The Johnson family is returning to ABC.

The seventh season of “Black-ish” hits airwaves on Oct. 21, and in celebration of the new season, the show has shared a family portrait created by artist Kadir Nelson.

The 70×70-inch oil-on-linen piece features the show’s main characters sipping tea, playing into a popular meme using the same visual to convey a “told-you-so” message that highlights hypocrisy or foolishness.

Tracee Ellis Ross, Laurence Fishburne, Anthony Anderson and more are featured in the images as their characters.

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The tea is a nod to the tumultuous racial tension currently rocking the nation.

Artwork by Kadir Nelson highlighting the cast of 'black-ish' ahead of the show's seventh season. (Kadir Nelson/AB via AP)

Artwork by Kadir Nelson highlighting the cast of ‘black-ish’ ahead of the show’s seventh season. (Kadir Nelson/AB via AP)

“I was thinking about how the fictional Johnson family would respond,” the artist told The Associated Press. “You’re kind of sitting back and observing with this knowing look: ‘I know what’s going on. I may say something sassy, but I’m just going to be over here minding my business, sipping my tea.’ And that’s what the Johnson family is doing.”

Nelson has pieces in museums such as the Smithsonian and the National Museum of African American History and Culture. His tribute to George Floyd on the cover of New Yorker magazine became well-known this summer.

The artist said that he uses art to help navigate this unique period of time, which he compared to a “rollercoaster.”

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“It’s a way of documenting our times, expressing our fears, our angst, our dreams, our thoughts and emotions. And it gives us a way to look forward,” he explained. “There are very important or visceral images that grab our attention and provoke thought and may inspire us to take action or do something that brings forth the best part of ourselves, hopefully.”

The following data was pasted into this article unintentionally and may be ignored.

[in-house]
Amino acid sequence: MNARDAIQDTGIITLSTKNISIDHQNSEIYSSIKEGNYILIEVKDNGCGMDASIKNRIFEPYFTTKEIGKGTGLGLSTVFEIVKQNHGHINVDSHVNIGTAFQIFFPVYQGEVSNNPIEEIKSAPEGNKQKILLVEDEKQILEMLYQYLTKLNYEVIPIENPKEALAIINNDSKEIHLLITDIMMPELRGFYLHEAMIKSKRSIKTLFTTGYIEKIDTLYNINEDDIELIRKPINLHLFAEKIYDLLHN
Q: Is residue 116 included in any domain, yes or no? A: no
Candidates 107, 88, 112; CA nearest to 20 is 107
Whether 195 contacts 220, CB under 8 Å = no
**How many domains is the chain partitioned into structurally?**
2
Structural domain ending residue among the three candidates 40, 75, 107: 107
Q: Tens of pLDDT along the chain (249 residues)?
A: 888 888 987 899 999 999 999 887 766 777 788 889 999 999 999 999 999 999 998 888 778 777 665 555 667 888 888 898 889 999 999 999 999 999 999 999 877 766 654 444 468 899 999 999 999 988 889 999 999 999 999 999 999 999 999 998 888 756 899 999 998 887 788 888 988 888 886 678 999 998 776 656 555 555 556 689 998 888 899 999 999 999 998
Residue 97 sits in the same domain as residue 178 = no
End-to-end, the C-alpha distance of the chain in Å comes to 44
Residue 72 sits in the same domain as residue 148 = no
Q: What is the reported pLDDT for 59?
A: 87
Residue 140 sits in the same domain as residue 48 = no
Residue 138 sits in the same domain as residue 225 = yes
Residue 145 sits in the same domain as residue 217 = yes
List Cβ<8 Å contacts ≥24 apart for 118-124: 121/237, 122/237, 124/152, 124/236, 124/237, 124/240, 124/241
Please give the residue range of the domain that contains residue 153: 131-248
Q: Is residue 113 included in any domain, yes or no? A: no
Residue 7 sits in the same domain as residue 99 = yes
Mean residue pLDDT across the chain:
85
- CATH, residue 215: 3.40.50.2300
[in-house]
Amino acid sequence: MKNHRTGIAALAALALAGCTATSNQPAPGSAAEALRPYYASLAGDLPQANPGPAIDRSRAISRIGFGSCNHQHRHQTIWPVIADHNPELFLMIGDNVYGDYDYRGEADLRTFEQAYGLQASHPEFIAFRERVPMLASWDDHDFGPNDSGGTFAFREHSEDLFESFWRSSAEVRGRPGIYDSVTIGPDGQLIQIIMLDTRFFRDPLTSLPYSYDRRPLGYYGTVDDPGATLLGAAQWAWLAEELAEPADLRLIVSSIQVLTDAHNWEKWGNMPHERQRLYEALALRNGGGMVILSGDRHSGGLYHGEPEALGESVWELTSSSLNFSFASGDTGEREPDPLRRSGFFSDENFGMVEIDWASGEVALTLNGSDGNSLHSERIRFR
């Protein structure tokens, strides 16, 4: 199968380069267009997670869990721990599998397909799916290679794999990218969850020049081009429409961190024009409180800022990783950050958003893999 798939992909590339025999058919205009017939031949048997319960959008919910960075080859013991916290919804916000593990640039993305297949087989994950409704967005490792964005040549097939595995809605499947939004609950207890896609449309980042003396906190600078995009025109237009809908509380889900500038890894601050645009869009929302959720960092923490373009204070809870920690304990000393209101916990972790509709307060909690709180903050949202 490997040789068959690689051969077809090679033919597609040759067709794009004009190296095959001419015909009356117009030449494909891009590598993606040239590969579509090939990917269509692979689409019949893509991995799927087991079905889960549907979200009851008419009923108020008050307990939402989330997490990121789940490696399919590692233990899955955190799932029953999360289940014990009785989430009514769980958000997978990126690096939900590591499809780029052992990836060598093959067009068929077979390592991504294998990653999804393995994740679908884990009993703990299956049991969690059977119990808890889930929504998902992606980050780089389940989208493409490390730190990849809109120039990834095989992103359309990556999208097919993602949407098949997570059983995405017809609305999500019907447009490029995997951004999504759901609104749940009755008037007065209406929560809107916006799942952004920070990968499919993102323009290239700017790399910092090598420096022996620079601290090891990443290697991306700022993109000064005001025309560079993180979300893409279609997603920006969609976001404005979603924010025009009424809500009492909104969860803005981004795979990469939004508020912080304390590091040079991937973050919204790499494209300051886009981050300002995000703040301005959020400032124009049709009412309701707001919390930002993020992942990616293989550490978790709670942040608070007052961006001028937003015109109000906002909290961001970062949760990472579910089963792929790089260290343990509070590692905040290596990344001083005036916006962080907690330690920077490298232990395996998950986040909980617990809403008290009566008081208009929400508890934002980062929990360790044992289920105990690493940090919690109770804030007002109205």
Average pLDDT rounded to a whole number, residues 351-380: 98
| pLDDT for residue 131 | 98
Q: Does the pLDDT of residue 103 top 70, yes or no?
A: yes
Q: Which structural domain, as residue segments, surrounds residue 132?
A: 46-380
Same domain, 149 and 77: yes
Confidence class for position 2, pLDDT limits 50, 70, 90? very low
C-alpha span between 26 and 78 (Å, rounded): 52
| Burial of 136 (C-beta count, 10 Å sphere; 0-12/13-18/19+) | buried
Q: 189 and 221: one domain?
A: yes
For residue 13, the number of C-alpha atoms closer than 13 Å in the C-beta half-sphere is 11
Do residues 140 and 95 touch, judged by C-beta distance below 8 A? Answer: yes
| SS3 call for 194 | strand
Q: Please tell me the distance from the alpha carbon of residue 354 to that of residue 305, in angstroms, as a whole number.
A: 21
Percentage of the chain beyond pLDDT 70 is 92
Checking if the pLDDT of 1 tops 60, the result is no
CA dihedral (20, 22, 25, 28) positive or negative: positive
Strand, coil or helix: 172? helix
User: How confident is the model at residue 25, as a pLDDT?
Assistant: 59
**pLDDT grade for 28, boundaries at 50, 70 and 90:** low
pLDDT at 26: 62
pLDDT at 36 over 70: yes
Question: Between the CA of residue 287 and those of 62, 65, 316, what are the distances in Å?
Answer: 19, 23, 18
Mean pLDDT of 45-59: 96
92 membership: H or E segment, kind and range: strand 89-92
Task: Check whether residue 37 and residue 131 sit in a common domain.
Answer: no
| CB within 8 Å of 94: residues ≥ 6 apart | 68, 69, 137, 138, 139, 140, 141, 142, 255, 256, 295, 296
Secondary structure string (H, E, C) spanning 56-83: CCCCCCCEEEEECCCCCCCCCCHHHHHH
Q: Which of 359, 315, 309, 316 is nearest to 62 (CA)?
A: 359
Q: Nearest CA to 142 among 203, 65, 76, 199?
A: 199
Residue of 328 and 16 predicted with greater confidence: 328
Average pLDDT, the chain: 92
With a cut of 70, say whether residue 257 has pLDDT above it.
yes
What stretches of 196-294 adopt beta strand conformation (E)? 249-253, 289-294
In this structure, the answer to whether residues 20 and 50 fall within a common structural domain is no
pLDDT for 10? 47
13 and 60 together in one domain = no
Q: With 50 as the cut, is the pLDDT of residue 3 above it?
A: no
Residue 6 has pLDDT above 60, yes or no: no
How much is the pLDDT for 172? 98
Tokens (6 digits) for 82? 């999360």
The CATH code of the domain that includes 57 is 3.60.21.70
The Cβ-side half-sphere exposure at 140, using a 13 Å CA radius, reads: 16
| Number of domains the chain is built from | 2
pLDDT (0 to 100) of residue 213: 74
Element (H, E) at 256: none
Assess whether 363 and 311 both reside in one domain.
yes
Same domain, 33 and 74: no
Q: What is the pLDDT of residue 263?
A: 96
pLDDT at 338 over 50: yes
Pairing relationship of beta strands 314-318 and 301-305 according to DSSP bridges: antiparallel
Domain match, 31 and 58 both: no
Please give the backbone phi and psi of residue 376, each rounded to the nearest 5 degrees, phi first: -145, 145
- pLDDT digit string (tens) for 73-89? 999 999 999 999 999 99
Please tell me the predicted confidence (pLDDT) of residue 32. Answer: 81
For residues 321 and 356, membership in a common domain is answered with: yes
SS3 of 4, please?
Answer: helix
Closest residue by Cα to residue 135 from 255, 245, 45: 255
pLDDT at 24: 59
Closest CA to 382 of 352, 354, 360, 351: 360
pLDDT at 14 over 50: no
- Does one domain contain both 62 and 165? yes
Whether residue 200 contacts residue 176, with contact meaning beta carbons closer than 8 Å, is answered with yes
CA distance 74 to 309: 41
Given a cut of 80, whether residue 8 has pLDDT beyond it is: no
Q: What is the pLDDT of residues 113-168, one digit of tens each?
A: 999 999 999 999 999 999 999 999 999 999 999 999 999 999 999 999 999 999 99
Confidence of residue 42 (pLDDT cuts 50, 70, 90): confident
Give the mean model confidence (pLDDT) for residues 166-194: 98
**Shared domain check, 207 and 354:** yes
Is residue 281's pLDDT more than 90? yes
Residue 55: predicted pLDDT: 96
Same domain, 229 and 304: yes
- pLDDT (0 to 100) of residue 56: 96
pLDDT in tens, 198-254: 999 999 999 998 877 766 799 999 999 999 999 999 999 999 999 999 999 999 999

Nelson’s piece will be used on print, digital and other promotional materials for the show’s upcoming season. The original piece will likely end up with a collector, the artist said.

Anthony Anderson and Tracee Ellis Ross in 'black-ish.' (Ali Goldstein via Getty Images)

Anthony Anderson and Tracee Ellis Ross in ‘black-ish.’ (Ali Goldstein via Getty Images)

He had worked with the “Black-ish” team before, creating art for the “Please, Baby, Please” episode, which was held from airing, but later released on Hulu earlier this year. The episode was noted for being sharply political, especially toward President Trump.

Nelson was “the first artist on the list” for ABC when commissioning the piece, and he was given “pretty much free reign.”

“Black-ish” also stars Jennifer Lewis, Yara Shahidi, Miles Brown, Marsai Martin and Marcus Scribner as members of the Johnson family, a modern, Black American family navigating work, school, relationships and more.

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The show has produced two spin-offs — “Grown-ish” and “Mixed-ish” — with a third called “Old-ish” in the works.

The Associated Press contributed to this report

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